November 20, 2012 15:14 sbicheno

We estimate Bluetooth will be found in almost three quarters of all mobile handsets sold globally in 2012. Asia, North America and Western Europe will be the world's three largest regions for Bluetooth handset sales in 2013. Major countries for Bluetooth devices will include China, USA, UK and Germany. Key buyers and users of Bluetooth handsets include male smartphone prosumers and connected youth. For example, road warriors with smartphones use Bluetooth for handsfree voice calls while driving between jobs.

Global Bluetooth phone sales will reach well over 1 billion units in 2013. Bluetooth is one of the most popular wireless technologies found in smartphones and feature phones today. However, selecting an appropriate profile remains very complex for companies such as Audi, BMW, Citroen, Ford, GM, Honda, Hyundai, Mercedes Daimler, Nissan, VW, Delphi, Cisco, Nokia and Apple. This report forecasts global Bluetooth phone sales by 12 of the most important Bluetooth profiles from 2006 to 2017. Profiles covered include A2DP, DUN, PAN and PBAP. The report also includes forecasts for Bluetooth smartphone and Bluetooth feature phone sales. The report is a valuable tool for car manufacturers, component makers, software developers, operators and other stakeholders who want to track the development of specific Bluetooth profiles on a worldwide basis.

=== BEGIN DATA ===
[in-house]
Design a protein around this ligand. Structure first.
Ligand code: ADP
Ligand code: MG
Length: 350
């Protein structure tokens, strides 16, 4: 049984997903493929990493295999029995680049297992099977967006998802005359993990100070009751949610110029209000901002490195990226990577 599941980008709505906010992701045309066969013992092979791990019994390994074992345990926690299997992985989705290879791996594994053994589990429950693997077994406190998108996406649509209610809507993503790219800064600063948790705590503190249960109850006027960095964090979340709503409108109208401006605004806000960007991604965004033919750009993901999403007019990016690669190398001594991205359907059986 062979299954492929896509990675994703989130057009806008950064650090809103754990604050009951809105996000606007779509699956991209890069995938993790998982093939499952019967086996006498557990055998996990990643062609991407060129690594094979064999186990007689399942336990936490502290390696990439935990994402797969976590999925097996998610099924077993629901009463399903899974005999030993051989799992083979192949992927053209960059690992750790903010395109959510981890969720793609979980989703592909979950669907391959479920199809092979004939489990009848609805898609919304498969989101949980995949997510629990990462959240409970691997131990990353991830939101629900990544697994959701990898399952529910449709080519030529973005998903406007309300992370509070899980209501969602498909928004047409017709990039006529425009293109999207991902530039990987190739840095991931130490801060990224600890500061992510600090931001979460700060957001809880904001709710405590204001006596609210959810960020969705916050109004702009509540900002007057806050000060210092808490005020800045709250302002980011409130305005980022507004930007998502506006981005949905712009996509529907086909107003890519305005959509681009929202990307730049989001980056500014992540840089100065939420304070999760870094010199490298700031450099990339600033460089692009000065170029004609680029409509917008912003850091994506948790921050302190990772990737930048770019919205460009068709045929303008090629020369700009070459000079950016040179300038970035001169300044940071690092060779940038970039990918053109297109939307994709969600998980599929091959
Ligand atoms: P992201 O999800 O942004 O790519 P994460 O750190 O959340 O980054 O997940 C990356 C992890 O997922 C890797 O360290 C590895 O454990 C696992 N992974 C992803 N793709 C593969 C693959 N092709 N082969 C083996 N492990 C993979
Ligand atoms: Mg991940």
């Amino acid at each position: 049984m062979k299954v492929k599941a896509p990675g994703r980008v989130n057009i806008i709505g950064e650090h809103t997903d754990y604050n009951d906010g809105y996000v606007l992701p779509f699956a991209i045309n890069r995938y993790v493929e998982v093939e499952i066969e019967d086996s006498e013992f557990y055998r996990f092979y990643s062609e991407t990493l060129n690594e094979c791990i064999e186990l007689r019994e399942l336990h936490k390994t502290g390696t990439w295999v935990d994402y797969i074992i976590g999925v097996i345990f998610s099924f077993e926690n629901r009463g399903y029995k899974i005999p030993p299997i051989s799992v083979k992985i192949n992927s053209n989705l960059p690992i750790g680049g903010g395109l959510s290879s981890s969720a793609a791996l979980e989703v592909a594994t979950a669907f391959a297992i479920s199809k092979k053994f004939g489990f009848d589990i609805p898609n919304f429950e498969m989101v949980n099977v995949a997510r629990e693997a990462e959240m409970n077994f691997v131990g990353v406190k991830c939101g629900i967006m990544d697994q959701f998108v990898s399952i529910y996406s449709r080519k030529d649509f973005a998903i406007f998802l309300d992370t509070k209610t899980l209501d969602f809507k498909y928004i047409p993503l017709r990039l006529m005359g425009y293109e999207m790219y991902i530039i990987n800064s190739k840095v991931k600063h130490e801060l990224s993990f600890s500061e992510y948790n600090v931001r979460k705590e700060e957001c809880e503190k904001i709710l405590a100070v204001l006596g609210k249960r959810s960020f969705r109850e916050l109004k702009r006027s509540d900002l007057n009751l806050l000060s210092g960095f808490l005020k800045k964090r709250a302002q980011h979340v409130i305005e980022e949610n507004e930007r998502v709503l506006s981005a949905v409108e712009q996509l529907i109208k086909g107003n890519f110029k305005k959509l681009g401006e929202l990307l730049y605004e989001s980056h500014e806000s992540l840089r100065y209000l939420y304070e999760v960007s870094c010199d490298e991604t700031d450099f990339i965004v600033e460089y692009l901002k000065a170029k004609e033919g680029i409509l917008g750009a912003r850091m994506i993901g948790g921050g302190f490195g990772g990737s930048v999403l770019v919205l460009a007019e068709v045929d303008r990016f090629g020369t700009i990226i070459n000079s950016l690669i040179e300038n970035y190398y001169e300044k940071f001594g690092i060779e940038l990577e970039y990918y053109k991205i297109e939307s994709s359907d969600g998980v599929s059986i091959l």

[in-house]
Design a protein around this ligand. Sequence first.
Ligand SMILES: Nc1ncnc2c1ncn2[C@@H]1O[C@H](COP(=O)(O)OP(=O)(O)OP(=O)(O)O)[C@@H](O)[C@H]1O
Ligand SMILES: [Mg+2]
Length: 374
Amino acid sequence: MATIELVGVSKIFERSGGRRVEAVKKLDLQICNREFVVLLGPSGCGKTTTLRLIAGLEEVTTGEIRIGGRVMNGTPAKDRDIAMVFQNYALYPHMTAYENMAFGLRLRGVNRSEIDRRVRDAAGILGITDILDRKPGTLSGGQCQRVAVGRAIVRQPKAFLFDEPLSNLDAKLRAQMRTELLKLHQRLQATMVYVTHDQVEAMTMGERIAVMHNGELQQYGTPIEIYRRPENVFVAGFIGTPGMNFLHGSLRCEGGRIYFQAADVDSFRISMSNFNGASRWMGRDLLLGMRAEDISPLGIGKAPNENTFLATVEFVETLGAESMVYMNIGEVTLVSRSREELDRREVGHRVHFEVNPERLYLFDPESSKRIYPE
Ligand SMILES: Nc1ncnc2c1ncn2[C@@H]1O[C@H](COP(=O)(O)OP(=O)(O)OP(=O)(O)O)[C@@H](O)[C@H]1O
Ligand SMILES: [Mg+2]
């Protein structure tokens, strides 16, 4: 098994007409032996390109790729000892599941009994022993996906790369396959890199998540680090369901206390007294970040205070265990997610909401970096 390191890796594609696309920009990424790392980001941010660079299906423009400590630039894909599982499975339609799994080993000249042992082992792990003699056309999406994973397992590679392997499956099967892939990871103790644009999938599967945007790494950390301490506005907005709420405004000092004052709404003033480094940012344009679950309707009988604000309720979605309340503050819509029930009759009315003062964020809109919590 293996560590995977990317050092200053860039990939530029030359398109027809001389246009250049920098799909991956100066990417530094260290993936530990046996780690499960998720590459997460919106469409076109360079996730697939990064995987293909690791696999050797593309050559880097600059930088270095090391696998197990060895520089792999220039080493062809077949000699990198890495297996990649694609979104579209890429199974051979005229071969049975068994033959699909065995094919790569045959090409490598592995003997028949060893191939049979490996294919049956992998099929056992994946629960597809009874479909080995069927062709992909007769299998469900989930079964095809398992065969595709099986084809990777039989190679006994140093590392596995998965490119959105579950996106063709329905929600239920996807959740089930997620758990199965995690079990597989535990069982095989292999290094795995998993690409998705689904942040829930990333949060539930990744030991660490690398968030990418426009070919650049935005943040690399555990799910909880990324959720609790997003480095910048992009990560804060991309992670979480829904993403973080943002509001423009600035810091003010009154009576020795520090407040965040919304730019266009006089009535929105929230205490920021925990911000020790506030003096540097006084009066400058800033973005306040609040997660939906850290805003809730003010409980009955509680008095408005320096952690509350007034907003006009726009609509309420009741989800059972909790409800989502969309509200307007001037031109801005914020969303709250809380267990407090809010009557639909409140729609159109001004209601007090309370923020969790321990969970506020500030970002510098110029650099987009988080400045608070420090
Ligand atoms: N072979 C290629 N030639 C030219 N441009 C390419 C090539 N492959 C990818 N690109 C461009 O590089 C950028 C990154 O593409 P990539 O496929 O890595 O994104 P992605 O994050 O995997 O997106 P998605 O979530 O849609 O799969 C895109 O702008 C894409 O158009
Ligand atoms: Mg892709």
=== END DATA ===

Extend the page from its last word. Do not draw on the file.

The full report: Global Bluetooth Phone Sales Forecast by 12 Bluetooth Profiles: 2006 to 2017 can by downloaded by clients here.


July 17, 2012 14:24 Alex Spektor

Samsung, the world's largest handset vendor, has acquired the mobile division of CSR, a UK-based chipset maker. CSR's portfolio includes key technologies for mobile device connectivity, such as Bluetooth and WiFi, including the emerging 802.11ac standard. The US$310 million purchase brings two primary benefits to Samsung:

  1. The vertical integration of components to improve its supply chain, optimize BOM costs, and introduce a point of differentiation. Samsung already makes many of its own components, such as displays, flash memory, and application processors;
  2. The strengthening of the device vendor's patent portfolio to help with IPR battles. Samsung and rivals like Apple have been in courts around the world over patent infringement issues.